Tuesday, September 27, 2022

The Psychotherapeutic Value of Byzantine Ecclesiastical Music

 
 
By Stavros Balogiannis,
Emeritus Professor of Medicine at the University of Thessaloniki

Byzantine Ecclesiastical music is a peaceful, spiritual chanting, which aims to elevate the human soul from the earthly world to the heavenly. Invoking the spirit of peace, dispassion, tranquility, effective introspection, real insight and self-knowledge, Byzantine music, in a harmonious interweaving with the Byzantine iconography of our temples, becomes a way of purifying the psychosomatic state of man.

In the human mind, which suffers from the constant interference of contemporary secular music and the aggression, restlessness, sadness, competition, dominance, demanding and inevitable impasses of contemporary society, Byzantine music is the ideal remedy for restoration of internal homeostasis and the harmonization of the higher mental processes with the spiritual aspirations and ascents of the soul.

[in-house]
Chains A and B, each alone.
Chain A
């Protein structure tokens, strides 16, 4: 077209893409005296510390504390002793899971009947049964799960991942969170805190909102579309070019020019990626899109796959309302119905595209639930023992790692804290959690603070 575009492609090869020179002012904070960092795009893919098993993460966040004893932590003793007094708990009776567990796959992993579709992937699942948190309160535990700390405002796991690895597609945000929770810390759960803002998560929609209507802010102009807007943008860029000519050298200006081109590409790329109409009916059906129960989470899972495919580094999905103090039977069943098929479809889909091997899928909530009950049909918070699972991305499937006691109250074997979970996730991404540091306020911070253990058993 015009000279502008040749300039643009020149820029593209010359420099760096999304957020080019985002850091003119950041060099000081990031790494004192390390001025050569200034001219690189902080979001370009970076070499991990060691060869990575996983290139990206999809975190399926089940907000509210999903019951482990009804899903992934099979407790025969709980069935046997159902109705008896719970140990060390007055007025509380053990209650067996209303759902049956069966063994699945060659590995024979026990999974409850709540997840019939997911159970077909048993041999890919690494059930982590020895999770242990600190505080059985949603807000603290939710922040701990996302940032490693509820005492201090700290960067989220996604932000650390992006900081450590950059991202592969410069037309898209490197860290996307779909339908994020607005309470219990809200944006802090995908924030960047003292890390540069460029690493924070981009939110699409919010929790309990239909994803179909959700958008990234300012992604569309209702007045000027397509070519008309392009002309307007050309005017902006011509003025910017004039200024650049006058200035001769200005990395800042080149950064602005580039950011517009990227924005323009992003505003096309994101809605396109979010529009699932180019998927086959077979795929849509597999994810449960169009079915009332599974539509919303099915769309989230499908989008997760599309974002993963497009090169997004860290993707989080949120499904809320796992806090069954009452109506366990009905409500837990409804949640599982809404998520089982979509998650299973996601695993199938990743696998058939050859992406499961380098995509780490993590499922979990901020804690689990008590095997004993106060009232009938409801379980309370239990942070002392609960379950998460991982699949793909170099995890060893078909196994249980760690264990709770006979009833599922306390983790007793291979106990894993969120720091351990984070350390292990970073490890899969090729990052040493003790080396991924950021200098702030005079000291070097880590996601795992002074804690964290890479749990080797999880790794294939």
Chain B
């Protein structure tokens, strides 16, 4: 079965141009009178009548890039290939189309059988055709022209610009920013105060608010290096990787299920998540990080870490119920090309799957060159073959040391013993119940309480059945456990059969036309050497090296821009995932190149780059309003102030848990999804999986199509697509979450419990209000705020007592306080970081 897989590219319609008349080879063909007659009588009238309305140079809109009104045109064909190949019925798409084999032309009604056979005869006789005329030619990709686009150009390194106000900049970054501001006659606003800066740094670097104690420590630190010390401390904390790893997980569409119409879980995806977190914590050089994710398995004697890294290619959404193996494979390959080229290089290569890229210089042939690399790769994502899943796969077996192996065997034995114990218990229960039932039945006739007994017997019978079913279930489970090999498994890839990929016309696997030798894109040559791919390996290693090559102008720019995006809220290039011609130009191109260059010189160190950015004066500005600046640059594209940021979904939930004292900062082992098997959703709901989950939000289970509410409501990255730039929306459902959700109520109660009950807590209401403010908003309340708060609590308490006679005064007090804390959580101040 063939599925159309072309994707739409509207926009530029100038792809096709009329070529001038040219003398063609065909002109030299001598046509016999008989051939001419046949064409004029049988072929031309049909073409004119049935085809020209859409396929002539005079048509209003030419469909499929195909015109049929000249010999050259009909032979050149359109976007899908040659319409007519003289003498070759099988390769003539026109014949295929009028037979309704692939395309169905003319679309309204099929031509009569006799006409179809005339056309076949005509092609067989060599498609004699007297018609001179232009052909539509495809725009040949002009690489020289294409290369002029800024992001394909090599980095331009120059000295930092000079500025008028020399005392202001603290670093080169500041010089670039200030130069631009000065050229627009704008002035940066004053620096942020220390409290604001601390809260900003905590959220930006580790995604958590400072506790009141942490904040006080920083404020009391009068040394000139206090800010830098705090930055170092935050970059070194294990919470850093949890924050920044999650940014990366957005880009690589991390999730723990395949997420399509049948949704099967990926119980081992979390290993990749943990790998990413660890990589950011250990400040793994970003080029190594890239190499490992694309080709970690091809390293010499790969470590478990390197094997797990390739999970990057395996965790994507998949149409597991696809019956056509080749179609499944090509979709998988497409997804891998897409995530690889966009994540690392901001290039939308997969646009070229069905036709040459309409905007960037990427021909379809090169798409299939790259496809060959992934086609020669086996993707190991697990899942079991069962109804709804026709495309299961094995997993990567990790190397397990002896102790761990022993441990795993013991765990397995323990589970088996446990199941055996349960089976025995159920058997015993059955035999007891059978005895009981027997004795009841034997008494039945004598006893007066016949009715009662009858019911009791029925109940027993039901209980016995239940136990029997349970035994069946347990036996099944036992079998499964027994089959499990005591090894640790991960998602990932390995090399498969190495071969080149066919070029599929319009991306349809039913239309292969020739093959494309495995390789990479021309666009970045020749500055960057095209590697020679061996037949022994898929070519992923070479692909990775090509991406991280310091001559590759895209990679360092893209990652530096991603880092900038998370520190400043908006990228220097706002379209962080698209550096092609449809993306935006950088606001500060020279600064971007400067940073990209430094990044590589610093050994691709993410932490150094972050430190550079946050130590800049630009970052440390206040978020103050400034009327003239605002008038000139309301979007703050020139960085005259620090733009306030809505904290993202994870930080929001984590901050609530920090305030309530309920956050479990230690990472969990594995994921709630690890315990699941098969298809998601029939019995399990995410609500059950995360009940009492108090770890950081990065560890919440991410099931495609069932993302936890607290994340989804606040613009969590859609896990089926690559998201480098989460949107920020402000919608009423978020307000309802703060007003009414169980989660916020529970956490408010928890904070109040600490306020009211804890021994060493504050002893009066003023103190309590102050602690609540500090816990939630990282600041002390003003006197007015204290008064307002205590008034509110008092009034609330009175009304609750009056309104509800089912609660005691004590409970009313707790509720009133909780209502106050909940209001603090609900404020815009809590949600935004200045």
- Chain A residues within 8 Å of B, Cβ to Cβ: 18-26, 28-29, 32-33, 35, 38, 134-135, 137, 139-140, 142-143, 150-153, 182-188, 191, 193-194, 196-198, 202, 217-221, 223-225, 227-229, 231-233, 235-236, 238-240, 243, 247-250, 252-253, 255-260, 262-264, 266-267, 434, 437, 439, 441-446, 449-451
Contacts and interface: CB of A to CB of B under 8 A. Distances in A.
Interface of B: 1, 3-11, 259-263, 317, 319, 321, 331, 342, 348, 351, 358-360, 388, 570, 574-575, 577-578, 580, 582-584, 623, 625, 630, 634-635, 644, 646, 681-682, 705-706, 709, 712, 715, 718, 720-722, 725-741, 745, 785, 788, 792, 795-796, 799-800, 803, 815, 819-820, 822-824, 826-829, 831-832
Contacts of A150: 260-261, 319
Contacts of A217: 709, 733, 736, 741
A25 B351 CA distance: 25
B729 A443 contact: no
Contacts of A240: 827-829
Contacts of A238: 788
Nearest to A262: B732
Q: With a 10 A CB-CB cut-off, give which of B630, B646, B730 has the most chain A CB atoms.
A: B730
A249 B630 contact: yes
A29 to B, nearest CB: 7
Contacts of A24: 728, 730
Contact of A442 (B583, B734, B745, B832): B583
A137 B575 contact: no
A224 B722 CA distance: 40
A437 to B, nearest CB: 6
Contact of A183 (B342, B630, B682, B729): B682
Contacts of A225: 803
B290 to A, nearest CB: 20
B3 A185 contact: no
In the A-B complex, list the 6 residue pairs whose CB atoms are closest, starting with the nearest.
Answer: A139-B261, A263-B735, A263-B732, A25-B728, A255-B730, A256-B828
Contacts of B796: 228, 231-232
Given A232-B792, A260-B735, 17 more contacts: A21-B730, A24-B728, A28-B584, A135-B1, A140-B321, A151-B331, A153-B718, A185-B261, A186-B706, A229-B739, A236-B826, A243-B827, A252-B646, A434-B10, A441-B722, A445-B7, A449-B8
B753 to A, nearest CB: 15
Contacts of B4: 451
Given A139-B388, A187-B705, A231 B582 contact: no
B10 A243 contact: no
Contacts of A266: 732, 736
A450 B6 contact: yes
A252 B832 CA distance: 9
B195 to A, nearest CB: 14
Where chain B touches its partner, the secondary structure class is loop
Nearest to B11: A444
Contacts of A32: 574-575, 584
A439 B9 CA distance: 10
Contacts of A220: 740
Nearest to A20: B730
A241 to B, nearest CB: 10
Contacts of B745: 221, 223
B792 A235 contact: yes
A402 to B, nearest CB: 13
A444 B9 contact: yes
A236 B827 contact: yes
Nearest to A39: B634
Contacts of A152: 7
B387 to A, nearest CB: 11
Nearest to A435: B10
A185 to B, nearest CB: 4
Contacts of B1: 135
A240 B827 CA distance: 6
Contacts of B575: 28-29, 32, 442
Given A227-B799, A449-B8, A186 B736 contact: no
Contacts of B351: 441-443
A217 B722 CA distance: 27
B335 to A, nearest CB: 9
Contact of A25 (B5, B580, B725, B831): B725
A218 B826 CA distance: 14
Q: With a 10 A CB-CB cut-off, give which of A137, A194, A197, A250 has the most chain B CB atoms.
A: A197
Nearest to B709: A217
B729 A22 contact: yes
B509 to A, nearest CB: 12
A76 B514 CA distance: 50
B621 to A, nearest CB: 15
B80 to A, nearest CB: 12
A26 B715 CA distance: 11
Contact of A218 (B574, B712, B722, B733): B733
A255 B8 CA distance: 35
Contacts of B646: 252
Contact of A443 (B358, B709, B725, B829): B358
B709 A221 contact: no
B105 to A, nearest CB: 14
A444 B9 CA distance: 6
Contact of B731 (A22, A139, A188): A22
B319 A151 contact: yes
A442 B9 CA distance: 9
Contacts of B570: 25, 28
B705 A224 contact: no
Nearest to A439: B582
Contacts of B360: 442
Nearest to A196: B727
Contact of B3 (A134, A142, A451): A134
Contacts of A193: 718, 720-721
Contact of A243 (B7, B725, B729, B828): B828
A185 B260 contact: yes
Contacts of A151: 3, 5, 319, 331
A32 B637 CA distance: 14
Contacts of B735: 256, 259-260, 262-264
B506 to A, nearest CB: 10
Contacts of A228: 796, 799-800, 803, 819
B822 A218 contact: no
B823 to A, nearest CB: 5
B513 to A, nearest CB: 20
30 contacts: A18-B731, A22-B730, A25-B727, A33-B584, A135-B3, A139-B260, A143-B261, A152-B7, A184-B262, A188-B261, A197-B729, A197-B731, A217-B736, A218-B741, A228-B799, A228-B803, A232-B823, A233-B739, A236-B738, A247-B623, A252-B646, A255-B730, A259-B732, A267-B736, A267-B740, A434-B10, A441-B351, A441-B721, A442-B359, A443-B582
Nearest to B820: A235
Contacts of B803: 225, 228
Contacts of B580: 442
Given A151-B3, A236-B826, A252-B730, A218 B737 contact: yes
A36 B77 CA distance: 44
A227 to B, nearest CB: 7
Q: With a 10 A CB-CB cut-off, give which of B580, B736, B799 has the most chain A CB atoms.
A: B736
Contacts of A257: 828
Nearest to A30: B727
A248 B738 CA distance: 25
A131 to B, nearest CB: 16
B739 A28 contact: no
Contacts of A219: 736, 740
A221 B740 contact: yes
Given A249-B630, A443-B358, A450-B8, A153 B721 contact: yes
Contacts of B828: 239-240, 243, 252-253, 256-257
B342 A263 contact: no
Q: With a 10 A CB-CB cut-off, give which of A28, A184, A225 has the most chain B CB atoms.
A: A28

In the place of inner disharmony, which often drives human emotions into true confusion, Byzantine music is able to introduce the unique values of repentance, humility, praise, thanksgiving and gratitude, truly establishing precious inner harmony. With the existence of so many oscillations, vibrations and transitions in the psychological background of the human beings of our time, who are suffocated by the futility and the weight of constant ephemeral blissful pursuits, Byzantine music offers a secret treasure full of spiritual fragrance, contentment and exaltation, remorse, joyful-mourning, calm, peace and light.

Understanding the message of Byzantine music, the human soul prepares to receive the eternal mystery of the infinite mercy and love of the Lord, the wonderful light of the Resurrection and its destination for eternity.

Source: Excerpt from the article "The Philosophy of Byzantine Music from the Perspective of Neuroscience" - Proceedings of the 1st Int. Interdisciplinary Musicological Conference, 9 June-3 July 2014, Volos, Greece. Translation by John Sanidopoulos.
 

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